Does Being at the Top Help with Scholarship Applications?
Unlike most college admissions standards, a scholarship may have a cutoff, requiring specific class rankings or that your student falls within a certain percentage in their graduating class. More often than not, these are merit-based scholarships given through the state that you live in or the university. The nice thing about these scholarships is that students can often automatically qualify for them, receiving the money as long as they meet the requirements (such as class rank, ACT/SAT score and more.)
TIP: If your child has an idea of where they want to go to school, I highly recommend researching their merit-based scholarship criteria. Based on what you find, you can then set goals for the school year regarding GPA, class rank, standardized test scores and more. Still, like we mentioned, you will most likely find that the requirements are top 5% or 10% (not necessarily Valedictorian or Salutatorian.)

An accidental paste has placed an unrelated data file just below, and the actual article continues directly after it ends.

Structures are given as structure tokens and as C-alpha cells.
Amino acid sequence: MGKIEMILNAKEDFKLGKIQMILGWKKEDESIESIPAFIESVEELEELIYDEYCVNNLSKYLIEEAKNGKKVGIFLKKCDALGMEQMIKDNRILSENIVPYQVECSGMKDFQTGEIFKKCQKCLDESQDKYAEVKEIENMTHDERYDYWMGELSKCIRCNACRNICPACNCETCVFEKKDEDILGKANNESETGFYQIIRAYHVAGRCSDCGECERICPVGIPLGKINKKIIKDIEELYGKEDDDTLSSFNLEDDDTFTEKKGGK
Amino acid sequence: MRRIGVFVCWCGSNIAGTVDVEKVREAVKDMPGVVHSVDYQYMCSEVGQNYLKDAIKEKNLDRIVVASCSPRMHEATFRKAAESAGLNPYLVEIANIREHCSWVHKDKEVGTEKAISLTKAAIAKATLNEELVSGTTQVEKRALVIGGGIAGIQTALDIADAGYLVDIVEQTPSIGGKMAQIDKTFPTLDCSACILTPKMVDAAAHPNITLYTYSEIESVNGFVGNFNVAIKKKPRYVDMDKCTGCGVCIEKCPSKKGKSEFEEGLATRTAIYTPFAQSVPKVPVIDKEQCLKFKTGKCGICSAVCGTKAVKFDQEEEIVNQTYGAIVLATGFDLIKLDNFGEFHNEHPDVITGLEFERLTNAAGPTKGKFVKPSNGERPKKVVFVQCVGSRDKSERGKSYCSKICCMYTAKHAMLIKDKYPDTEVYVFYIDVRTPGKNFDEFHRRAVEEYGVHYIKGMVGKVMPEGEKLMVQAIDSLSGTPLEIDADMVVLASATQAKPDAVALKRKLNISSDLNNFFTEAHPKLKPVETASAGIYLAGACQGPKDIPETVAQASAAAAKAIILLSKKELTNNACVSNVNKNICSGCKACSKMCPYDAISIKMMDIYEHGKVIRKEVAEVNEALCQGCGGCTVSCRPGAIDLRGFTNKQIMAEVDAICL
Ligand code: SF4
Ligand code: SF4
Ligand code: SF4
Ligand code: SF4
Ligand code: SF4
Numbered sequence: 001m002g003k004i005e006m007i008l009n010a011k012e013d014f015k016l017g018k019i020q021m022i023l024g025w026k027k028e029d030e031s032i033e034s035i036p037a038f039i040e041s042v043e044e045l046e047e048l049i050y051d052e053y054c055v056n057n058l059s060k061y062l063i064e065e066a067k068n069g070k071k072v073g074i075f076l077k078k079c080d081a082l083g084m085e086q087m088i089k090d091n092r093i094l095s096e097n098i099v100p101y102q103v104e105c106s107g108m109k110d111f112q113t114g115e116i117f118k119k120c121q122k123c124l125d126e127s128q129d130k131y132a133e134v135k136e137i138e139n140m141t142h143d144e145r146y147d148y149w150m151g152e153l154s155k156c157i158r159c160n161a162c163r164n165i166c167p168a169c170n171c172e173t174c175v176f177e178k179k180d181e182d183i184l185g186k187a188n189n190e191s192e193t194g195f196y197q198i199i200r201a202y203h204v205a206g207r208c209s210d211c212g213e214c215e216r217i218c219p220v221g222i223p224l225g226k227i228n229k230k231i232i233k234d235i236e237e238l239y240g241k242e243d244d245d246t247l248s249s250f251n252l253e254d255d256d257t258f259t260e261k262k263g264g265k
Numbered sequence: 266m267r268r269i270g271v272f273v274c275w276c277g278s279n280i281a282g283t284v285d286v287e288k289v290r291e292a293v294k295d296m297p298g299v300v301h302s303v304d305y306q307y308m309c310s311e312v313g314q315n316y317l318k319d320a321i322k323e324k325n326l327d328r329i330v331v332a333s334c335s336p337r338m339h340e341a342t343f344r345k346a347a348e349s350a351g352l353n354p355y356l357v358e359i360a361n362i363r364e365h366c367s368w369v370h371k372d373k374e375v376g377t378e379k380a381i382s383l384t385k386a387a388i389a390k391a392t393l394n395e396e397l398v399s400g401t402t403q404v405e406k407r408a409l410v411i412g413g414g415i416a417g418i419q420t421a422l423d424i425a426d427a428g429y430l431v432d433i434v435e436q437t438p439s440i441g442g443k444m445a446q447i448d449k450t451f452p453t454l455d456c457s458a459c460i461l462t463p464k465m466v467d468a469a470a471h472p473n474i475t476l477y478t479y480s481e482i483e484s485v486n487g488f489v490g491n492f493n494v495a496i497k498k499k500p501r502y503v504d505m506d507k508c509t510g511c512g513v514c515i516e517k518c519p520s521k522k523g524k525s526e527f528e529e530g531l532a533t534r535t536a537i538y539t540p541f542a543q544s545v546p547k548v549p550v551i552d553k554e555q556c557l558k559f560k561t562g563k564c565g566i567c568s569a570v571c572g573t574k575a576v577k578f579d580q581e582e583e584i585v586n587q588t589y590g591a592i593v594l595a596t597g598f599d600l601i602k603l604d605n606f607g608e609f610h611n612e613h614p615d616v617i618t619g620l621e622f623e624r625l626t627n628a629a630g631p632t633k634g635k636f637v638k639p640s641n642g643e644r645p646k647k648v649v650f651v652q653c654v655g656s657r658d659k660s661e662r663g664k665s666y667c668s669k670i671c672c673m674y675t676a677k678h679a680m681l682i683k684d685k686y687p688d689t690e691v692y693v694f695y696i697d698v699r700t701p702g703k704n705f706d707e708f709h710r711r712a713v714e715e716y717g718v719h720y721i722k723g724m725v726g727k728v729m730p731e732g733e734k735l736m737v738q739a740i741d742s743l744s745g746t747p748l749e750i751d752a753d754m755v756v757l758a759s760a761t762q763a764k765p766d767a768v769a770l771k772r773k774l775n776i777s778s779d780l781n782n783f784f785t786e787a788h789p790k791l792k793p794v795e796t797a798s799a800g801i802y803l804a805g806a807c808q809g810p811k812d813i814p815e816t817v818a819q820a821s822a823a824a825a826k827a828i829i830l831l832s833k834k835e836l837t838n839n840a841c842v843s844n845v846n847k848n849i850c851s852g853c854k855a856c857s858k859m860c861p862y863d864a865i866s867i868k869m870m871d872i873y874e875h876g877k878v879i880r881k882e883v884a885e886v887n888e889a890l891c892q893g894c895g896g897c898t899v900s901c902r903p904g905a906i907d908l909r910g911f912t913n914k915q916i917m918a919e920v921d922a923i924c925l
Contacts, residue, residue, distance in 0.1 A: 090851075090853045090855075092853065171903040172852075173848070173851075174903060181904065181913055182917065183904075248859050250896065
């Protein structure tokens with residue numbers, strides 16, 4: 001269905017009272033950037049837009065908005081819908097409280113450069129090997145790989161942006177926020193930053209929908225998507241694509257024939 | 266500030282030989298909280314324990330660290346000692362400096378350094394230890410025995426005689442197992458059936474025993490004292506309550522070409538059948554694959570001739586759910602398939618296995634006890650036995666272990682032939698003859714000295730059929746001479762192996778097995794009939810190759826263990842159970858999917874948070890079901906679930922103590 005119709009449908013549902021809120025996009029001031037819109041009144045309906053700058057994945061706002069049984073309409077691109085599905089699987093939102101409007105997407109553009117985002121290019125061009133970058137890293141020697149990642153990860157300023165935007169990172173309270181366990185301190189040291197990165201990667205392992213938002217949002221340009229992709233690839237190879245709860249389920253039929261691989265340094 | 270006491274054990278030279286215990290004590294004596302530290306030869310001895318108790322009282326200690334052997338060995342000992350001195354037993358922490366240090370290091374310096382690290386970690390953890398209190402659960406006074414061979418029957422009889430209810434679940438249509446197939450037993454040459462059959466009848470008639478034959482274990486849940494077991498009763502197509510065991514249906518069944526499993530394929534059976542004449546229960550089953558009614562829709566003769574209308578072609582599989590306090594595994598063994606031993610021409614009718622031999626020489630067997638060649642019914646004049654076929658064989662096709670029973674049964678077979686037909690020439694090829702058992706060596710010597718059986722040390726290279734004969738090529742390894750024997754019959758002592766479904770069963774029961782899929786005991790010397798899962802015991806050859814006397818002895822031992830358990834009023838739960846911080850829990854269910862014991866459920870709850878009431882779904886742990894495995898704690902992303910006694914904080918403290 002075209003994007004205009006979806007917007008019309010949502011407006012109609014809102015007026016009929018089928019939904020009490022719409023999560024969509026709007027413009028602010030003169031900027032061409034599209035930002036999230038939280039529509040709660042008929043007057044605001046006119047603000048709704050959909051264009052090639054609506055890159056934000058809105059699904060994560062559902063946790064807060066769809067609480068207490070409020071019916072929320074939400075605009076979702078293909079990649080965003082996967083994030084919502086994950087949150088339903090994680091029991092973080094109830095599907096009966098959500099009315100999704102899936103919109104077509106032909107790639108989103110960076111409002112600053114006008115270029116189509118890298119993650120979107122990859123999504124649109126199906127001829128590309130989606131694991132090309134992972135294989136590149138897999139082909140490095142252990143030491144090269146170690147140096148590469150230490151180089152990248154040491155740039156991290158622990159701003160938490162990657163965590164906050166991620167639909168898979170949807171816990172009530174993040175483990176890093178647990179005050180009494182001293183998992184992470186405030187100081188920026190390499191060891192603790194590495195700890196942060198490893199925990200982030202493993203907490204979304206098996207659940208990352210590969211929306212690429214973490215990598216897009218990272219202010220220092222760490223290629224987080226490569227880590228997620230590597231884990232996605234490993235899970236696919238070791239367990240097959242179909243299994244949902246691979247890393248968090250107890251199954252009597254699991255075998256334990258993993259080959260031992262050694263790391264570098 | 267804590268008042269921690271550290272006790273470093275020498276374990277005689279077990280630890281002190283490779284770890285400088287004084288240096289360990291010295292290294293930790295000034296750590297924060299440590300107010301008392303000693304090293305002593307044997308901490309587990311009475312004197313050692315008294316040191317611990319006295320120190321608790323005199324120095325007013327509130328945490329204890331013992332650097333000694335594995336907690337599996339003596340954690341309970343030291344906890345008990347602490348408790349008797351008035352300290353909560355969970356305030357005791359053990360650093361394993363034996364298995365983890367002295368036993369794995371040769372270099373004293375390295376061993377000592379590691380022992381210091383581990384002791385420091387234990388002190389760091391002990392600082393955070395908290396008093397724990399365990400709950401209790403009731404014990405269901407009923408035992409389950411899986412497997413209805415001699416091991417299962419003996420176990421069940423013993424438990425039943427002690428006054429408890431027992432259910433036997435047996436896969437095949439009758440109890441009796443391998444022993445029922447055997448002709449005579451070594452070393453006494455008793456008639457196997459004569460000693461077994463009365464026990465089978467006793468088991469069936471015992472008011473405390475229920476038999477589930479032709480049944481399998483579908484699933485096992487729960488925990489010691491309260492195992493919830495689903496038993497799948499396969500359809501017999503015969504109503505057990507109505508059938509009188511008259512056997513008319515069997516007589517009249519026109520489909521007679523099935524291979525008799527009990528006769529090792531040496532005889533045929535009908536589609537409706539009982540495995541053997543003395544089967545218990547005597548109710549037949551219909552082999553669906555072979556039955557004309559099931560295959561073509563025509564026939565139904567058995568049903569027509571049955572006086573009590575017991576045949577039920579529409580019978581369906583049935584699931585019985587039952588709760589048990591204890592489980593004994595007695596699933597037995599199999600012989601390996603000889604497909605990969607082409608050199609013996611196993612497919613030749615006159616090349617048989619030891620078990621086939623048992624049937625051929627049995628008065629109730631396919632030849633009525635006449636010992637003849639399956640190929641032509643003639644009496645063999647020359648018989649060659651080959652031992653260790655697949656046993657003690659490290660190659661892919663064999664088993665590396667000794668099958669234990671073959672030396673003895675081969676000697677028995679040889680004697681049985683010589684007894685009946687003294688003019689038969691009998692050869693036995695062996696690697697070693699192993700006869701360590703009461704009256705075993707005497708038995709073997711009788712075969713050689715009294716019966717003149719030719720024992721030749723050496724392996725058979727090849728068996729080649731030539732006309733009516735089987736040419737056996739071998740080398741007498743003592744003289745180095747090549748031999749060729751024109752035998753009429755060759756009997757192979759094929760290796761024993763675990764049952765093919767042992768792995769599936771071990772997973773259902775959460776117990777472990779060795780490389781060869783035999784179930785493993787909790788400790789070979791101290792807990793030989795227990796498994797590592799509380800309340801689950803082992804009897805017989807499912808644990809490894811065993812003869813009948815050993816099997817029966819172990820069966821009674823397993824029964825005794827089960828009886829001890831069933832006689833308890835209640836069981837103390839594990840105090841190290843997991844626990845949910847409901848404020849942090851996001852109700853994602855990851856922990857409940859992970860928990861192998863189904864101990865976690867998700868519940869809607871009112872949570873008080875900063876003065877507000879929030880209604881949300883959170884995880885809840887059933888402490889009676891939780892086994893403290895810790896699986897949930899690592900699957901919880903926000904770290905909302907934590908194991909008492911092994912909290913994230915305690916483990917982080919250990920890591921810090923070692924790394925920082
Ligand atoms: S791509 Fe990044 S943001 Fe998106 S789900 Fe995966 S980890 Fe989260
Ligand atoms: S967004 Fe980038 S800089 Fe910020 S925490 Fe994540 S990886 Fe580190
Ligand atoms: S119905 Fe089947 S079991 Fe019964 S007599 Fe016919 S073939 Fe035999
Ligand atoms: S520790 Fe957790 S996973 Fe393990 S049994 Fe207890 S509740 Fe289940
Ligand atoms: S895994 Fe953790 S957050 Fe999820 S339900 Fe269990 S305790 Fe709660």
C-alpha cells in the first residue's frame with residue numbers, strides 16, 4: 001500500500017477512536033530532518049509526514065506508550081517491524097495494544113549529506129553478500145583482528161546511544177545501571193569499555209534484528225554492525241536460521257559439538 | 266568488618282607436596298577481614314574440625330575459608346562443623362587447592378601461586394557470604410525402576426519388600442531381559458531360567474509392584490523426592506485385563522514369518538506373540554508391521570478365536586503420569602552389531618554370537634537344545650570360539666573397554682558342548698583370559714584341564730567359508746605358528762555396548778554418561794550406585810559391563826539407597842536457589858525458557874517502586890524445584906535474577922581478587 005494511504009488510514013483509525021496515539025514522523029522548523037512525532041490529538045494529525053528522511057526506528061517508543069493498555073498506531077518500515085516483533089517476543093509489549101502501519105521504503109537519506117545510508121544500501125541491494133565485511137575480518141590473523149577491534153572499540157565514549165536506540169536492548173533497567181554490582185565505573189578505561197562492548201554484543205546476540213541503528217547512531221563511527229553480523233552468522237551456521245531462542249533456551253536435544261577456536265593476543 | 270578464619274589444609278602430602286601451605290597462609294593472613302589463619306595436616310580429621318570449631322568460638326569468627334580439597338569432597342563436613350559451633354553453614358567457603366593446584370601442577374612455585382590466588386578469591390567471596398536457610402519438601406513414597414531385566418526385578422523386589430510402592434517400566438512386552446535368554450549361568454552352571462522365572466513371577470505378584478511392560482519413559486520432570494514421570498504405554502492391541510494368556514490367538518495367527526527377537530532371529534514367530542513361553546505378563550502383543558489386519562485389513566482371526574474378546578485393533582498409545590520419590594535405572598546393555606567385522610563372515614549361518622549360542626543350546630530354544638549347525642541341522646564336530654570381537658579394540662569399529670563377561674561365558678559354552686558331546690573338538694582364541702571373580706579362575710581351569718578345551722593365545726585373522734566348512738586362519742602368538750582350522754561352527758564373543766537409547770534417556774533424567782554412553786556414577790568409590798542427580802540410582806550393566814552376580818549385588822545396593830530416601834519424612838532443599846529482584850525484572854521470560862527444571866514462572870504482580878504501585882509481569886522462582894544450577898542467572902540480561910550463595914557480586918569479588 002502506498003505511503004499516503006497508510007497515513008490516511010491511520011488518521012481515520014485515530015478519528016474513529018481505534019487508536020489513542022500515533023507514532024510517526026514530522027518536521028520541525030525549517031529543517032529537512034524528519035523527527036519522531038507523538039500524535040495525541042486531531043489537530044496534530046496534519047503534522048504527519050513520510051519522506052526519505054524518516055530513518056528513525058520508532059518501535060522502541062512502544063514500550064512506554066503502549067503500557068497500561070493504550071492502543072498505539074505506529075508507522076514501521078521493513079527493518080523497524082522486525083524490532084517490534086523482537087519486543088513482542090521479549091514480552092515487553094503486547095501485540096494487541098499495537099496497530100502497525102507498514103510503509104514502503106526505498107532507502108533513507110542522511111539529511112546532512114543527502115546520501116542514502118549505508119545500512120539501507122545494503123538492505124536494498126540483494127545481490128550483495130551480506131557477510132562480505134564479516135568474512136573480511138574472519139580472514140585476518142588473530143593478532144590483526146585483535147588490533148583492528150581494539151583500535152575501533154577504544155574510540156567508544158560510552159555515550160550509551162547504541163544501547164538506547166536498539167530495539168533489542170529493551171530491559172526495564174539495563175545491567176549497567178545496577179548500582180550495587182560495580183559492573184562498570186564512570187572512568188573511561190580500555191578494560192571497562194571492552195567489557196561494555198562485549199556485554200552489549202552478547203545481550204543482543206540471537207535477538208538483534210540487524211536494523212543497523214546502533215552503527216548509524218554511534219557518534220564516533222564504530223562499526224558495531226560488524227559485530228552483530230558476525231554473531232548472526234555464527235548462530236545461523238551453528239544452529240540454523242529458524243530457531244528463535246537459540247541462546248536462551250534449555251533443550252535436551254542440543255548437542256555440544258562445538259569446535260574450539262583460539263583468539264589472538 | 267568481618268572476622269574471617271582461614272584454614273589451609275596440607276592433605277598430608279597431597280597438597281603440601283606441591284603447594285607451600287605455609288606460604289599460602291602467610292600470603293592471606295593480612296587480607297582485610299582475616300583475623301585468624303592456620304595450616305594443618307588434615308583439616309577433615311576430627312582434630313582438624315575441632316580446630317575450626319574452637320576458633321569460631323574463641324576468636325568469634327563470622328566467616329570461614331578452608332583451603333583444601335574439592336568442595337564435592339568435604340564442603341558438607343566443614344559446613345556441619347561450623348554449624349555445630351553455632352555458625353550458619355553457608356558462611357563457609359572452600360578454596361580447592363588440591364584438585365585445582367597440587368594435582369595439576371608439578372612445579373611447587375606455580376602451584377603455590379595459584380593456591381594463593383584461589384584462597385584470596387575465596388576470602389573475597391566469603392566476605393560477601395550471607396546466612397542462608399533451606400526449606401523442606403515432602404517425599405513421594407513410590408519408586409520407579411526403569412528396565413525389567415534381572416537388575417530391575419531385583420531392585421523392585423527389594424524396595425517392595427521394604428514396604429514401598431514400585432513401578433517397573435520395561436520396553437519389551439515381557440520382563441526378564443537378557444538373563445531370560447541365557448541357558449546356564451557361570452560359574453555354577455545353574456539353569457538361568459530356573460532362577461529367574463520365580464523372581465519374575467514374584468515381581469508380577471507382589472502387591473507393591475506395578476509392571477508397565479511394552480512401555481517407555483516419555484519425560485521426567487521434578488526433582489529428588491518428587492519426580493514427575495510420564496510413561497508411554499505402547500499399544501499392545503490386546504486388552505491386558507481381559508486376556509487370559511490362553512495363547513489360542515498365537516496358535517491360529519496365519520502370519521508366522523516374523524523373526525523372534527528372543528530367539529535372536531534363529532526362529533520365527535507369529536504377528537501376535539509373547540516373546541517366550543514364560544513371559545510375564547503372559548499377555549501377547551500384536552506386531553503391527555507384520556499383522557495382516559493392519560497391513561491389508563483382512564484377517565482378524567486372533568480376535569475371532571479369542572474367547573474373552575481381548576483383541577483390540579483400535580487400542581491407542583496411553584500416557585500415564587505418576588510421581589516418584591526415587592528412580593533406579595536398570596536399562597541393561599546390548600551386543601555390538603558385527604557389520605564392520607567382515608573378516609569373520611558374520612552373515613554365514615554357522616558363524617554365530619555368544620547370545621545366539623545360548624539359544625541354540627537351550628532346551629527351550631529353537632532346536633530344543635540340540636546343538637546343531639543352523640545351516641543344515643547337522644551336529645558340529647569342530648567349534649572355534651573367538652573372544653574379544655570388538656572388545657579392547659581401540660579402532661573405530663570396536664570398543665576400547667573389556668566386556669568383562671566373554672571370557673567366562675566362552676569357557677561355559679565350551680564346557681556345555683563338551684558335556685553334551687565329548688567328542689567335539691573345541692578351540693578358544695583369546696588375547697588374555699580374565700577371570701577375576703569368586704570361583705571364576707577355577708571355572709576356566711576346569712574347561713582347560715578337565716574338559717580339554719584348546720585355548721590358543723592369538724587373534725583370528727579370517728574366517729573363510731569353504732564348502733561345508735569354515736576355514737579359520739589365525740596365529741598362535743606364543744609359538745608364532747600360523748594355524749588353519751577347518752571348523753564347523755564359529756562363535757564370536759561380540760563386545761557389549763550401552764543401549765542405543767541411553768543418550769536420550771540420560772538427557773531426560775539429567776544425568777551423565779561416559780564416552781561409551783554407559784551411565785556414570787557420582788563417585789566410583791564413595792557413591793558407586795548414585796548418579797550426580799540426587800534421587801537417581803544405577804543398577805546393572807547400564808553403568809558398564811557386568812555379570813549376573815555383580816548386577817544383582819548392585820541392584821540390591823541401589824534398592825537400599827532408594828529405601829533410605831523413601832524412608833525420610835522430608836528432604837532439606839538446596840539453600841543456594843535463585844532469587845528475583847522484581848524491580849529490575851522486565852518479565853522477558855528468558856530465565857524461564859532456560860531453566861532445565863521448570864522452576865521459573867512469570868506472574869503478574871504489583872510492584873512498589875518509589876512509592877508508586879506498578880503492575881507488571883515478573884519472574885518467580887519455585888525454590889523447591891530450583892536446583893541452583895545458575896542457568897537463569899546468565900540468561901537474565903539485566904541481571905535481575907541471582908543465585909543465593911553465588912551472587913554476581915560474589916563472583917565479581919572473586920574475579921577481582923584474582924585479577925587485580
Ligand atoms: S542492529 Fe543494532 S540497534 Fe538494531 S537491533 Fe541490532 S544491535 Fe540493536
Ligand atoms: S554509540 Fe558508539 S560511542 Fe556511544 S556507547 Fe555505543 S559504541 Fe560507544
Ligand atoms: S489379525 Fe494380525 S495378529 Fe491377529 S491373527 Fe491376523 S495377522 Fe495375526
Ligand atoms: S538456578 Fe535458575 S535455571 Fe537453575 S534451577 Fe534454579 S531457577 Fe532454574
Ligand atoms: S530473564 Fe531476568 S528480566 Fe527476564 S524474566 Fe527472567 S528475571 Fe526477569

Still, some students can automatically receive scholarships from specific colleges and universities for being Valedictorian or Salutatorian. In this case, being first or second can help. After that, however, the next level is typically for the top percentage (meaning 4th place is the same as 6th place, etc. as long as they meet the percentage requirement.)
Ultimately, I highly recommend looking at the schools your child is considering before pushing them to stress over rankings.
What if my child doesn’t reach these targets?
While not reaching the mark does mean your child won’t qualify for that specific merit-based scholarship, it’s important to remember there are so many out there that don’t take class rankings into consideration. So, if your student misses the top 10 percent cutoff or some other academic criteria, don’t fret! There are plenty of opportunities to which they can apply.